Serving God's People in Africa since 1868

Help Give the Citizens of Nigeria Clean Water to Drink

Here in the United States and other western nations, we see people wasting water every day. Sometimes we just don’t realize how precious water is . . . and although there might be a lot of it, whatever amount we have is limited. Our missionaries in Africa, though, and the people they serve, know the value of water all too well. Nearly every day, they see firsthand the struggle of living with too little water. They see people dehydrated, without enough to drink. They see gardens and small farms turn to dust. They know what it is like to want for water.

“Water is scarce here,” Fr. Albert (a missionary living and working in Nigeria) writes. “The scarcity here is so serious that things have gotten to a critical stage.”


Dear Friend,

A few months ago, a friend of mine told me about a movie he had seen. The film focused on the economic collapse that the United States and so many other nations experienced less than a decade ago. One of the film’s main characters was an investment broker — a man who had spent most of his life buying and selling stocks on New York’s Wall Street. The movie told the story of how the man had tried to warn his co-workers about the economic problems that were coming back in 2005 — but no one listened to him.

I’ll have to admit that the movie sounded quite interesting, but what intrigued me most was the end of the story. The investment broker — who had spent his entire career looking at the value of companies, or precious metals like gold and silver — these days spends his time investing in only one thing: water. Why? Because he knows that in the end, people will only value that which they cannot live without . . . and one of the basic necessities of life is water. No one can live without it!

What an amazing story and a valuable lesson for us to remember.

Here in the United States and other western nations, we see people wasting water every day. Sprinklers run hours on end so that lawns can be greener. People wash their cars — allowing garden hoses to run continuously. Sometimes we just don’t realize how precious water is . . . and although there might be a lot of it, whatever amount we have is limited.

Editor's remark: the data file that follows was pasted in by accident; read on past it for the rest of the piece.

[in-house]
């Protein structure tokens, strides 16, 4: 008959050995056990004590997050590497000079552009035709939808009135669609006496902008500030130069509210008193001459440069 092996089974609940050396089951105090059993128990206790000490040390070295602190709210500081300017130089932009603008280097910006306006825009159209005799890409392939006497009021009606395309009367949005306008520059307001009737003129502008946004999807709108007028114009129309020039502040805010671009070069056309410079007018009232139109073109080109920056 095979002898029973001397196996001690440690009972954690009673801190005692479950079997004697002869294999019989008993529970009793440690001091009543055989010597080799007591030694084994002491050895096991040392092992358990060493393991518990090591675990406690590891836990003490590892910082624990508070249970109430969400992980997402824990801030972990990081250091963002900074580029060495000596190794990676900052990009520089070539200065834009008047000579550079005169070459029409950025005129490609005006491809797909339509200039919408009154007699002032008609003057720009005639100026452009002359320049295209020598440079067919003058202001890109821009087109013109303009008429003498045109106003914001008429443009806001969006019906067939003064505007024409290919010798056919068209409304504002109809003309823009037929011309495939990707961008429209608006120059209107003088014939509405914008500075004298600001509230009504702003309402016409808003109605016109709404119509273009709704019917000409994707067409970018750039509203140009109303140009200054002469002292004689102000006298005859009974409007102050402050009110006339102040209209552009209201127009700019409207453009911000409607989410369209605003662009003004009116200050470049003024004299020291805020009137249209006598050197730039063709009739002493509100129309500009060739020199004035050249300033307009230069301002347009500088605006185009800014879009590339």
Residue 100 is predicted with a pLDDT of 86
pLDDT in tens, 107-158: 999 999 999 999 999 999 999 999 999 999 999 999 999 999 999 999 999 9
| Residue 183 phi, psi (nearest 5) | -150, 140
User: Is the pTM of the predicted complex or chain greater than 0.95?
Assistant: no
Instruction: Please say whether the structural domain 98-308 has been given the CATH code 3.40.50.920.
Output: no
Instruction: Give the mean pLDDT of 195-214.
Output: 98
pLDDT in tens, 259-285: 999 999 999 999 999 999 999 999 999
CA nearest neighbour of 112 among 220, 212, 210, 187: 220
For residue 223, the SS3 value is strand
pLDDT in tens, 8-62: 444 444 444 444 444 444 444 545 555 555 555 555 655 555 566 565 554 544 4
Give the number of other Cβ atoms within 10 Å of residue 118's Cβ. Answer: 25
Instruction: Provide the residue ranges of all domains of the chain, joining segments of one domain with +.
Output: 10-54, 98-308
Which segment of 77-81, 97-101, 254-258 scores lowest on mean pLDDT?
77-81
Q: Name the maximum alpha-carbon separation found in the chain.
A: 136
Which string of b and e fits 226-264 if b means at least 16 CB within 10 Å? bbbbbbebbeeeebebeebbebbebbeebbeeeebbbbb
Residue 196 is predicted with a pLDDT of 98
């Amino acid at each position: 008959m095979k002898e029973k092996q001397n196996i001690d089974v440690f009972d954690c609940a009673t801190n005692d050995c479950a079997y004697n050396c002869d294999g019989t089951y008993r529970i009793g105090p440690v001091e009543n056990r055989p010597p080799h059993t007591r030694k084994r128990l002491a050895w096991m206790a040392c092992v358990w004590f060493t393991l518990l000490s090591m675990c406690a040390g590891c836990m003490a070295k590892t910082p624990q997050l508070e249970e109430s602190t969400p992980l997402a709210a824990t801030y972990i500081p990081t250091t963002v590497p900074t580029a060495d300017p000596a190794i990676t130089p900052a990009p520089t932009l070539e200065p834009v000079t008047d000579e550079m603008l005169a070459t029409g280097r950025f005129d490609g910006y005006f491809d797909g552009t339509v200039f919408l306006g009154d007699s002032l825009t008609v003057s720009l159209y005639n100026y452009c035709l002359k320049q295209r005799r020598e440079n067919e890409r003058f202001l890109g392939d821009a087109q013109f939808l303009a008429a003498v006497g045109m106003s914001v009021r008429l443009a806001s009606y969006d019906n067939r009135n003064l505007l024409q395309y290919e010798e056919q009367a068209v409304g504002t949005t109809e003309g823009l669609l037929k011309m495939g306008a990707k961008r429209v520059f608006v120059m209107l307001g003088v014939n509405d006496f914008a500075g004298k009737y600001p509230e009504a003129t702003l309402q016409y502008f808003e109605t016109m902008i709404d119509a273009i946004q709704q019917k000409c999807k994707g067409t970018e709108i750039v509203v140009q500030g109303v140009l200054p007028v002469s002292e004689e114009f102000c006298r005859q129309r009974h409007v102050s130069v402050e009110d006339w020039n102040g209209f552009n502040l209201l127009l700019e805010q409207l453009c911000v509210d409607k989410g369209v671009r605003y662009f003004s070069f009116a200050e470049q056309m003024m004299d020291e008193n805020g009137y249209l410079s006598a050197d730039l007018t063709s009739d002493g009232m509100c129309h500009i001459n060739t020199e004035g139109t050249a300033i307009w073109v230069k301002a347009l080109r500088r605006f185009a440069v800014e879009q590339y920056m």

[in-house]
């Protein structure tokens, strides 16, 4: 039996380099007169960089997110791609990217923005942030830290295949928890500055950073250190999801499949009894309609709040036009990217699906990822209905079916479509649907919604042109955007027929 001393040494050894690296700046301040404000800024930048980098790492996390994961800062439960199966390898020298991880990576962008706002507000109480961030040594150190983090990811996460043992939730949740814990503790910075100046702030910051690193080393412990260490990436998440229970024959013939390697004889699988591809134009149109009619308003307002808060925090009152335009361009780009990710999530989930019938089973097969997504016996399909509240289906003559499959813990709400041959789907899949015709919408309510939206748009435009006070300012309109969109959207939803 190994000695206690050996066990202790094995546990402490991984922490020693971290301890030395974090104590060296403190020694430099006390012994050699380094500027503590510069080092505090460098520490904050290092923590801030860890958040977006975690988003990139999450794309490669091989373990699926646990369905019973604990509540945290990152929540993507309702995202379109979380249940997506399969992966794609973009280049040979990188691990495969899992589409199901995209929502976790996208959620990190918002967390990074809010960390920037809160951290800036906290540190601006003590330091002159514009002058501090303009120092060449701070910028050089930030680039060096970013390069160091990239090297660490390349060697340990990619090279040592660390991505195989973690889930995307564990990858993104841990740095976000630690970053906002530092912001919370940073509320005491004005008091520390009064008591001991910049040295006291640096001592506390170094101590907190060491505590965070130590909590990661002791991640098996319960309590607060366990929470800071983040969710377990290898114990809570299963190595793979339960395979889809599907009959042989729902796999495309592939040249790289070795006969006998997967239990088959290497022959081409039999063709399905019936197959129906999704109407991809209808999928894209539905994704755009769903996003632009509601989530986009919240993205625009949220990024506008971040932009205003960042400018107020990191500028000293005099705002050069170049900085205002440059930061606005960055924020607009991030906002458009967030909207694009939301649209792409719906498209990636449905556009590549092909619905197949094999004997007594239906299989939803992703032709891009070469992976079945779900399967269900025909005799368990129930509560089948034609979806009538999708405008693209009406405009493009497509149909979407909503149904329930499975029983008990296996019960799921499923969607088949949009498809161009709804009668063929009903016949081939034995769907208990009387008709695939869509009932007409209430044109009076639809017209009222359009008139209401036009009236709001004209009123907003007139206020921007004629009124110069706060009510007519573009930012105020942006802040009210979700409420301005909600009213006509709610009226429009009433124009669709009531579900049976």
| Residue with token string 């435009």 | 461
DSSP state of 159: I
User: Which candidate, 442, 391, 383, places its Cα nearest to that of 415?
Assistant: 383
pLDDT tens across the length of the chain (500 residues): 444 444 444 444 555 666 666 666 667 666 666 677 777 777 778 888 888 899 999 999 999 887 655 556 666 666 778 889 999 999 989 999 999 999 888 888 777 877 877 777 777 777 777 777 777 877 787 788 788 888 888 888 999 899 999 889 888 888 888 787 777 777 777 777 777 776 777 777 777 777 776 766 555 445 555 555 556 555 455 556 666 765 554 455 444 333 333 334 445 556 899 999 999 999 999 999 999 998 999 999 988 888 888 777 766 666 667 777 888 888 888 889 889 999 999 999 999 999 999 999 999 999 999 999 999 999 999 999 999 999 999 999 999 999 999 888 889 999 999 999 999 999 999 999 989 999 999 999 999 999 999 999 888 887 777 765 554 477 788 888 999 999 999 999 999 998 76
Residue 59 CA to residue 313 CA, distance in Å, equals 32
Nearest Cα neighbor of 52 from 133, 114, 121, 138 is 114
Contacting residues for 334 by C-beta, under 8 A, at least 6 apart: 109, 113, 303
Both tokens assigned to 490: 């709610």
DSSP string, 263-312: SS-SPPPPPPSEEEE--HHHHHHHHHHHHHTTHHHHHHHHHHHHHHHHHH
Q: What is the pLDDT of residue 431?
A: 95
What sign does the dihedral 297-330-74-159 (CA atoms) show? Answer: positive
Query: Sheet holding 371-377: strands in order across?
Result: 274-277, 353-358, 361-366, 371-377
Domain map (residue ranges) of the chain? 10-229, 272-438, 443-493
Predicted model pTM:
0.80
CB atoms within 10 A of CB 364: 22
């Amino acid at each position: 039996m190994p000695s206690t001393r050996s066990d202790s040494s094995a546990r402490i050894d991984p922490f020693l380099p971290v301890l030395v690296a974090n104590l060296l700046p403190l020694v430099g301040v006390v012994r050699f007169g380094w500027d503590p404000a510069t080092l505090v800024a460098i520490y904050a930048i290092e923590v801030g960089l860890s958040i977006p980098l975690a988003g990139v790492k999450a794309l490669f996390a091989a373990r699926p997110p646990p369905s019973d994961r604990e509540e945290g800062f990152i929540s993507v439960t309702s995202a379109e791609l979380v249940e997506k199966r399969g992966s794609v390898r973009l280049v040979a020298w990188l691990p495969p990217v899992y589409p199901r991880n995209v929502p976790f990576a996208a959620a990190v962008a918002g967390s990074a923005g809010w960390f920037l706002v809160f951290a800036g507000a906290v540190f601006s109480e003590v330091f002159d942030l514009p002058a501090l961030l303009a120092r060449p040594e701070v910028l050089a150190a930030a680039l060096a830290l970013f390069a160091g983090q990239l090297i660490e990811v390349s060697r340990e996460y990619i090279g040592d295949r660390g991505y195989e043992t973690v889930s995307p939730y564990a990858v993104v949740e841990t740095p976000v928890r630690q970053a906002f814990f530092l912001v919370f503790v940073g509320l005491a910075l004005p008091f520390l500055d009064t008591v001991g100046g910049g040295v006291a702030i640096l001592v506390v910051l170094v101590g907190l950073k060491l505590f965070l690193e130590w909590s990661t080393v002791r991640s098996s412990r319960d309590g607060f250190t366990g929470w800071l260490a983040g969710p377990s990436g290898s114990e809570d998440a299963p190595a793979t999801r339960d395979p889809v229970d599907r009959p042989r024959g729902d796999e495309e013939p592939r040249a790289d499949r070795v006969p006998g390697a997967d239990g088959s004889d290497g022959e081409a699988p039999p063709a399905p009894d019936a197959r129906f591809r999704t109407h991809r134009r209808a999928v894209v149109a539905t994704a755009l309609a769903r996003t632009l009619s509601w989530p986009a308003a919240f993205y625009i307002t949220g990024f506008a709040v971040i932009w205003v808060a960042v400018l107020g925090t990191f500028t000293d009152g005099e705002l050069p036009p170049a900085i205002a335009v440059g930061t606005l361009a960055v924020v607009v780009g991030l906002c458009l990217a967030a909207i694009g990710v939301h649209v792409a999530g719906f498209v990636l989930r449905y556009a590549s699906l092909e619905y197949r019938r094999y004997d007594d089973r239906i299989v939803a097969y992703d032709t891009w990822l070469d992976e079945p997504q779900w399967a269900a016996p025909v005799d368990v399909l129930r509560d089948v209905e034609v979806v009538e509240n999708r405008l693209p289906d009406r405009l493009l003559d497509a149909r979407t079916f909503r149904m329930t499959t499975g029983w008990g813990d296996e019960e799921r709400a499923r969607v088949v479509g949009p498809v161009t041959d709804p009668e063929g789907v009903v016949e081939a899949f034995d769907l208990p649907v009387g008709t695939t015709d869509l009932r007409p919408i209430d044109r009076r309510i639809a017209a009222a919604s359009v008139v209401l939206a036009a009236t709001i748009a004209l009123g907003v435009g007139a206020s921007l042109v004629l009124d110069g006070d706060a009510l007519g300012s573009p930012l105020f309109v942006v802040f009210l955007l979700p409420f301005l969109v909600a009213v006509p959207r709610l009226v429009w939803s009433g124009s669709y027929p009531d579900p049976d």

Our missionaries in Africa, though, and the people they serve, know the value of water all too well. Nearly every day, they see firsthand the struggle of living with too little water. They see people dehydrated, without enough to drink. They see gardens and small farms turn to dust. They know what it is like to want for water.

Recently, I received a letter from Fr. Albert Obembe — a missionary who is living and working in the town of Iree, in the Osun region of Nigeria, in West Africa. “Water is scarce here,” Fr. Albert writes. “The scarcity here is so serious that things have gotten to a critical stage.”

“We had been working on constructing buildings for our parish,” he continues, “but we have come to the realization that we need to focus on water first. Without it, nothing else matters.”

“Our hope is to drill a borehole well for the parish and for those living in the community. They, too, struggle with not having enough water to drink. Borehole wells go deep into the ground and are the best way for tapping into a reliable source of safe drinking water. We need all of the help that we can get. The situation is urgent!

In his letter, Fr. Albert included a list of the items that will be needed for the drilling of the well and the construction of a water-delivery system. The list includes water storage tanks, pipes, plumbing connections and fixtures, cement, a pump, and other materials. The list goes on. “We have asked our people to give all that can to support the project,” he concludes, “but they have nothing to give other than their hard work. They are so poor. Can you help us?”

My friend, as you and I work together to help Fr. Albert and the people in his mission, I would encourage you to also look for ways to help ensure that our own water supply is cared for in a responsible manner. Perhaps you can make sure that there’s a full load of dishes in the dishwasher before running it, or watering your lawn for a few minutes in the early evening rather than in the heat of the day. The little steps we take together can make a significant difference in water conservation.

Additionally, while I am hoping that we can raise at least $42,500 to support Fr. Albert’s mission in Nigeria (and our other water projects in East and West Africa) please know that any amount you can send will help those who desperately need clean water. As I have said so many times before, it is your generosity that enables us to continue serving those in need. Because of you, we can reach out to those who are suffering. God bless you for all that you do!